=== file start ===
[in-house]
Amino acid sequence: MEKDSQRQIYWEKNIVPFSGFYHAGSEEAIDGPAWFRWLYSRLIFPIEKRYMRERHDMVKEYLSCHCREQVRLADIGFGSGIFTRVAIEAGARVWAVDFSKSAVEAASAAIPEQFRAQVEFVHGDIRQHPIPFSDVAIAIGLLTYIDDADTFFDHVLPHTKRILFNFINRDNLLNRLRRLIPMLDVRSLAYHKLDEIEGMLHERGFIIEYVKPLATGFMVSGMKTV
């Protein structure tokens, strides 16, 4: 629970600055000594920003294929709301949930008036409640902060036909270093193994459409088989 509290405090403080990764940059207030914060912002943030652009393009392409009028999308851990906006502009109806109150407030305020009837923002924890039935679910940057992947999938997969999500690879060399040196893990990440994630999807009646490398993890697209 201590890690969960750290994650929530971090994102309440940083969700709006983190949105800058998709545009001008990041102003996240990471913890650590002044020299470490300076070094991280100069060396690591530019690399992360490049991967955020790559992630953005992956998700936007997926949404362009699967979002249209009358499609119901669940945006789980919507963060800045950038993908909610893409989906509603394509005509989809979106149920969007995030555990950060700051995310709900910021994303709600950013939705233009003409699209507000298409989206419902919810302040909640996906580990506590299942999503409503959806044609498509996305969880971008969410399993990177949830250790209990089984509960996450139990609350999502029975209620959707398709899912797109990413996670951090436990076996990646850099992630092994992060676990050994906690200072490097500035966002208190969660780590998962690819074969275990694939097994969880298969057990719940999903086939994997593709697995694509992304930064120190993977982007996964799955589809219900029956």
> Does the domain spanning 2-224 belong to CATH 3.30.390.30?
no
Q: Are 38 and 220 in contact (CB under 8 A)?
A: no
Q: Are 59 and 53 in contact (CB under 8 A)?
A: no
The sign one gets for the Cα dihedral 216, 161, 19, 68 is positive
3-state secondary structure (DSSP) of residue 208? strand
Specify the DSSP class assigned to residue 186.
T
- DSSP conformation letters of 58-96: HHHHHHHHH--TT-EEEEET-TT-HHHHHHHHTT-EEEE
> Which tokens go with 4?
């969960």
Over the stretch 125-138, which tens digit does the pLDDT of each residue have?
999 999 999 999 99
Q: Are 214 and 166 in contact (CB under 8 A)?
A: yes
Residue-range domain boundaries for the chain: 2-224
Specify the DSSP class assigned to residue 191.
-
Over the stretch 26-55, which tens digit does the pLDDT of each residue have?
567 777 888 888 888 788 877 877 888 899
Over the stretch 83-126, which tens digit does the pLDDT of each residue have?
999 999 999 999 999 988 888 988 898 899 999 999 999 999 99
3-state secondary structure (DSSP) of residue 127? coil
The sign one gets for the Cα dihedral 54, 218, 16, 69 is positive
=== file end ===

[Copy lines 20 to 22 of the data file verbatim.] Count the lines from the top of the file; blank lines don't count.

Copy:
A: yes
Residue-range domain boundaries for the chain: 2-224
Specify the DSSP class assigned to residue 191.